“Should I keep these kinds of friends?” someone keeps asking, as if true friendship could be thrown out so casually. Maybe if you’d use the word acquaintance the question would be more valid.
A friend of ours (and most of us were recent converts) was getting into the drug culture with all its wrong attitudes and acts. Some might say we shouldn’t have kept this kind of friend, but we did. (Later he said that he had felt he was losing us even so, but this was because he had been failing to keep his part of the relationship.) At any rate, we didn’t throw him out of our lives for taking drugs, or for any of the other sins, small or great, that it led him to. Then we saw him turn to paths of repentance, and when he finally asked, we helped him climb back. The day of his temple marriage was a day of deep joy to us all.
First of all, I would pray and ask guidance on the situation from the Lord. Then I’d try very hard to help them. But if I got no results, I would make new friends. After being around people who use bad language and take the Lord’s name in vain a lot, you, also, begin to pick up this habit. And it is one that is very difficult to break.
Certainly we are all capable of getting out of tune with the Lord’s commandments. It wouldn’t be very Christian of you to just leave your friends alone. We are all human and make mistakes.
Habits are hard to break, but one must first recognize the bad habit. A friend is the best help, next to oneself, in alleviating such a problem. Once you have gotten a person to recognize his problem, promise to help him overcome it. While in navy bootcamp I had this habit myself. Here is my solution: I asked a friend to catch me every time I said something wrong and correct me. I soon caught myself, and with a little extra effort, I overcame the problem. It took some effort though.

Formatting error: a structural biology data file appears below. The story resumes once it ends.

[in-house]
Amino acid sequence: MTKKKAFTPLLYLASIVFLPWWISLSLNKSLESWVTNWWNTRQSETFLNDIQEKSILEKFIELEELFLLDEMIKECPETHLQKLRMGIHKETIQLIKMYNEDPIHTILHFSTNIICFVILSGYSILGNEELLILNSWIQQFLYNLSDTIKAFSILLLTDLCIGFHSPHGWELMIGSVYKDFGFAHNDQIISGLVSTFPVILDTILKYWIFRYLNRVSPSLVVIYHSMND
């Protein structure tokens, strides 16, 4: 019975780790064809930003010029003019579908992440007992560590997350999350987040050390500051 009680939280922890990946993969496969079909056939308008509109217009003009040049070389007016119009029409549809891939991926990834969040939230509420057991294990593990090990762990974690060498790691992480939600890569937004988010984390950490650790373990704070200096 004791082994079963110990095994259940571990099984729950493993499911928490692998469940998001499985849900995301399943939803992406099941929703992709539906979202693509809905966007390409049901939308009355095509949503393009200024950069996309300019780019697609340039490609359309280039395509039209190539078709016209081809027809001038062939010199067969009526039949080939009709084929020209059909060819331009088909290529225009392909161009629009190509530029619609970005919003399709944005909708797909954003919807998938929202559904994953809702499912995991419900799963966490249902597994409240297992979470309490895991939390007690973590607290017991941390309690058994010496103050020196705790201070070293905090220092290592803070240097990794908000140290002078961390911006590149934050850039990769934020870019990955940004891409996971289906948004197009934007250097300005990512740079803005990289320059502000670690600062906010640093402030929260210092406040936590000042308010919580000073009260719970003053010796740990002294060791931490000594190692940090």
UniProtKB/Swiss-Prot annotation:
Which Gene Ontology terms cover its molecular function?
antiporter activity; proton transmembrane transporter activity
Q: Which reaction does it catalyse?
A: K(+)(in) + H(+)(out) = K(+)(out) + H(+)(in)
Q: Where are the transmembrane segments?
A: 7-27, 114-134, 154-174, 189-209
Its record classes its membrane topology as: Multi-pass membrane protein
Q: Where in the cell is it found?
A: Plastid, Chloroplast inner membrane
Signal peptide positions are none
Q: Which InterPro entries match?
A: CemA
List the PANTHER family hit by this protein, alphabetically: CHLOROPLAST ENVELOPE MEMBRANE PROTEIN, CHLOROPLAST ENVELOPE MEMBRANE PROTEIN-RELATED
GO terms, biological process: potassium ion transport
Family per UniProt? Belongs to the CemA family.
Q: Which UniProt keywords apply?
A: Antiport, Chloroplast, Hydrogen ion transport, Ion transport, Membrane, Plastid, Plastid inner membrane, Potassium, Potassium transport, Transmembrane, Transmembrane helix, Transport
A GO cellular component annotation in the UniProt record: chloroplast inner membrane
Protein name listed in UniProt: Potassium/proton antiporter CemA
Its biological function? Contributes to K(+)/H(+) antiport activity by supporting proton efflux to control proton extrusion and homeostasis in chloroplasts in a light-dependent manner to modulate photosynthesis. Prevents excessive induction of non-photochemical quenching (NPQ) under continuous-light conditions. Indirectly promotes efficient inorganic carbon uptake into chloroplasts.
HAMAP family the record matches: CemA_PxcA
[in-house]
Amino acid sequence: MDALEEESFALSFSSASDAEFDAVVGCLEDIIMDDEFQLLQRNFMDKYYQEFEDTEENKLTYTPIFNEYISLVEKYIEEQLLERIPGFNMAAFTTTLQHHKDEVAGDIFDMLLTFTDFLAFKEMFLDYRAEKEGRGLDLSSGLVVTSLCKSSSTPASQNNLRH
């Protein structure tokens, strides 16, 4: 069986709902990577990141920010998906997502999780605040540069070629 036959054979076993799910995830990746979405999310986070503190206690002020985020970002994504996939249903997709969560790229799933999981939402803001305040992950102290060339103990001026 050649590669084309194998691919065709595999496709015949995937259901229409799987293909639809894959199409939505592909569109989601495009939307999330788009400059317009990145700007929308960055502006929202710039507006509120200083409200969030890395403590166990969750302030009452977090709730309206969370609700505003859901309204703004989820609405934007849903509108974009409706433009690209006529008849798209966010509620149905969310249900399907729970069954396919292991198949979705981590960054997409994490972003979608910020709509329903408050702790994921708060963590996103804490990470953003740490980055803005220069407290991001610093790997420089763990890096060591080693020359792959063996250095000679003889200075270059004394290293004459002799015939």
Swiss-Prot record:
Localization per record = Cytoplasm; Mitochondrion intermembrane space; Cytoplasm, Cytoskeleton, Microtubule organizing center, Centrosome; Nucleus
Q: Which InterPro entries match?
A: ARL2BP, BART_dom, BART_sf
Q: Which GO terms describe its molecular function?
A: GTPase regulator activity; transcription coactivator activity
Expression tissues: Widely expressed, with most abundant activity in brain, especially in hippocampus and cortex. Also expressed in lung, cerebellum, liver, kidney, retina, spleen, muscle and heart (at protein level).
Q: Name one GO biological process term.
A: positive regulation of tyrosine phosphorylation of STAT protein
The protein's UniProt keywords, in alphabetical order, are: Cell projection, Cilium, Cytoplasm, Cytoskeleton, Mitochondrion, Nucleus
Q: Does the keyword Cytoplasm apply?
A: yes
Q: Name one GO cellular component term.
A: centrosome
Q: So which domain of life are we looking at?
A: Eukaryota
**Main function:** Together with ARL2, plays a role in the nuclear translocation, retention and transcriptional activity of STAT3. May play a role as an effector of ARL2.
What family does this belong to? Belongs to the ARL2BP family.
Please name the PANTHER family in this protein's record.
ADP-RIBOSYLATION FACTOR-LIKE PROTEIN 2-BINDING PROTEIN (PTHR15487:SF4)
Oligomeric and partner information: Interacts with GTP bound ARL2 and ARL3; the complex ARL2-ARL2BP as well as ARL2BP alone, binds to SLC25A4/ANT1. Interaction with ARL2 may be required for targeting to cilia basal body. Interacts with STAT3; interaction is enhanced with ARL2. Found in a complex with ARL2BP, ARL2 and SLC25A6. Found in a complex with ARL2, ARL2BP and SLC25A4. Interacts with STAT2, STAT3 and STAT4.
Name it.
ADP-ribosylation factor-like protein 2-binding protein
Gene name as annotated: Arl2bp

Frederick M. Beall, U.S.N.
N.A.S. Imperial Beach, California
I’ve always thought it is uppity to drop friends because they don’t quite live up to our standards. Aren’t we supposed to “abhor sin, but love the sinner”? Now if you are worried that this bad habit of your friends will rub off on you, you have a good reason to leave them alone. But if you have hopes that your better habits will rub off on them instead, by all means, try to help them. Christ associated with sinners too. I knew a person who wouldn’t tolerate any profanity and asked anyone he heard swearing to please stop it. He is just as popular as always with these people, and they don’t swear anymore—at least not in front of him.
For myself it is a simple question to answer. Keep them as friends and try to help them by never lowering the standards you hold true. Of course, a non-Mormon friend can never be as close as a Mormon friend because you can’t share so much of your life.
A member of the Church once befriended me even though I drank and swore. As a result of her friendship I attended church, seminary, MIA, and other activities. I received the missionary discussions and became a member. I didn’t associate with my old friends as I didn’t want to go back to my old ways. Actually I was afraid I wouldn’t be strong enough to stay away from those things. After some serious reevaluating I decided I wouldn’t be a good, true member if I couldn’t uphold my standards under any conditions. I’m glad I changed my attitude. I’m attending a college where I’m a religious minority of one. My true friends respect my standards and would be disappointed if I fell away from them.